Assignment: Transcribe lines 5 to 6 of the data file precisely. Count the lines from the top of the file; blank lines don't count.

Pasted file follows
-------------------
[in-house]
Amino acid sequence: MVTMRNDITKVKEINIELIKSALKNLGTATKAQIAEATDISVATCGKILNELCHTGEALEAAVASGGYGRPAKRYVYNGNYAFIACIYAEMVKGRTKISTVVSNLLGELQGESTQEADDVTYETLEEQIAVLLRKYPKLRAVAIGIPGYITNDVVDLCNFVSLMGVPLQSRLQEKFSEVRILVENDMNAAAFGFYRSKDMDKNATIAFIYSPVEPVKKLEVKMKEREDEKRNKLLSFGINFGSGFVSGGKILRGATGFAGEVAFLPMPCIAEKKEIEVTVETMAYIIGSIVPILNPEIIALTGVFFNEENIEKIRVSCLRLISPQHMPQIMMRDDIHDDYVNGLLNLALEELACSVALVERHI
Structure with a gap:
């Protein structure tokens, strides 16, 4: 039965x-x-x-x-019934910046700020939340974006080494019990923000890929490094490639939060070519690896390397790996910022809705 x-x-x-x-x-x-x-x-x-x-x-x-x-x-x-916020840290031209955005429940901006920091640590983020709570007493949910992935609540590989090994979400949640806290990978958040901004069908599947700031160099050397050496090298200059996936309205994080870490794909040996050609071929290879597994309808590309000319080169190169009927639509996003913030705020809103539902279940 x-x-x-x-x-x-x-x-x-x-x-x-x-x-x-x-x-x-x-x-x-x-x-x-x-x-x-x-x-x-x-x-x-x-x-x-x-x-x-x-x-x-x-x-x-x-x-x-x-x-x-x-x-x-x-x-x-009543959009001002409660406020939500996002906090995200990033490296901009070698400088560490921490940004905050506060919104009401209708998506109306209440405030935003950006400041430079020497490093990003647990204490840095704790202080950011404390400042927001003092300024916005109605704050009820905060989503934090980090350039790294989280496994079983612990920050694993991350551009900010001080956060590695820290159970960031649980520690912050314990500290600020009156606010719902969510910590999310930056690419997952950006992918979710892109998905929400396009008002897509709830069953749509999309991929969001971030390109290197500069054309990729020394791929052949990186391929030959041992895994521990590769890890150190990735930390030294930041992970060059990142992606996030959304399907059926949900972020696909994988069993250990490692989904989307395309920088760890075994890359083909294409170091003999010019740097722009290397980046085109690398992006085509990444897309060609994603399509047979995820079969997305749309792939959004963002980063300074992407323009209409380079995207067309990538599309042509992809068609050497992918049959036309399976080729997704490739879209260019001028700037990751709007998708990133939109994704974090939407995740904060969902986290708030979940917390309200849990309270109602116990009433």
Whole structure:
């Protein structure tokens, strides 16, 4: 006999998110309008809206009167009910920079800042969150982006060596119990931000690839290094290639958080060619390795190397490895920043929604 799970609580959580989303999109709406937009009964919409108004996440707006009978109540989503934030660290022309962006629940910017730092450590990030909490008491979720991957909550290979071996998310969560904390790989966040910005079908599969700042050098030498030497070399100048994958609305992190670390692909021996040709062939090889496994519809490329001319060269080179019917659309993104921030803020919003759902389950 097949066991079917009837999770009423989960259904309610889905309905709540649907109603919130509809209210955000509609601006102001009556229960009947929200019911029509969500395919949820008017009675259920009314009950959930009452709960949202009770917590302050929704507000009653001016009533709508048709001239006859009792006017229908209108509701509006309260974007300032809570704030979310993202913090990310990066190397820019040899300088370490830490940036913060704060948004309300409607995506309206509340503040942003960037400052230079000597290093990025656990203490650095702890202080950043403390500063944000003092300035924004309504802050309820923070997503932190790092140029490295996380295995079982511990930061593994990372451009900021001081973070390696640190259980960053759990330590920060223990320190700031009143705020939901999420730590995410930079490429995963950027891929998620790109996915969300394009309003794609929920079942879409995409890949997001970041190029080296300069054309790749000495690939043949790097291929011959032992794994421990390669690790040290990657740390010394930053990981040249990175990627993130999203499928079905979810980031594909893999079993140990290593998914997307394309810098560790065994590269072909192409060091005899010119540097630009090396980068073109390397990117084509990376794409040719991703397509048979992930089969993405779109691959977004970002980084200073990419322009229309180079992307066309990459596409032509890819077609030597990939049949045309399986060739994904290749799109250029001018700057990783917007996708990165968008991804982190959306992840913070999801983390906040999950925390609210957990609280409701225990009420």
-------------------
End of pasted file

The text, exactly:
Whole structure:
């Protein structure tokens, strides 16, 4: 006999998110309008809206009167009910920079800042969150982006060596119990931000690839290094290639958080060619390795190397490895920043929604 799970609580959580989303999109709406937009009964919409108004996440707006009978109540989503934030660290022309962006629940910017730092450590990030909490008491979720991957909550290979071996998310969560904390790989966040910005079908599969700042050098030498030497070399100048994958609305992190670390692909021996040709062939090889496994519809490329001319060269080179019917659309993104921030803020919003759902389950 097949066991079917009837999770009423989960259904309610889905309905709540649907109603919130509809209210955000509609601006102001009556229960009947929200019911029509969500395919949820008017009675259920009314009950959930009452709960949202009770917590302050929704507000009653001016009533709508048709001239006859009792006017229908209108509701509006309260974007300032809570704030979310993202913090990310990066190397820019040899300088370490830490940036913060704060948004309300409607995506309206509340503040942003960037400052230079000597290093990025656990203490650095702890202080950043403390500063944000003092300035924004309504802050309820923070997503932190790092140029490295996380295995079982511990930061593994990372451009900021001081973070390696640190259980960053759990330590920060223990320190700031009143705020939901999420730590995410930079490429995963950027891929998620790109996915969300394009309003794609929920079942879409995409890949997001970041190029080296300069054309790749000495690939043949790097291929011959032992794994421990390669690790040290990657740390010394930053990981040249990175990627993130999203499928079905979810980031594909893999079993140990290593998914997307394309810098560790065994590269072909192409060091005899010119540097630009090396980068073109390397990117084509990376794409040719991703397509048979992930089969993405779109691959977004970002980084200073990419322009229309180079992307066309990459596409032509890819077609030597990939049949045309399986060739994904290749799109250029001018700057990783917007996708990165968008991804982190959306992840913070999801983390906040999950925390609210957990609280409701225990009420």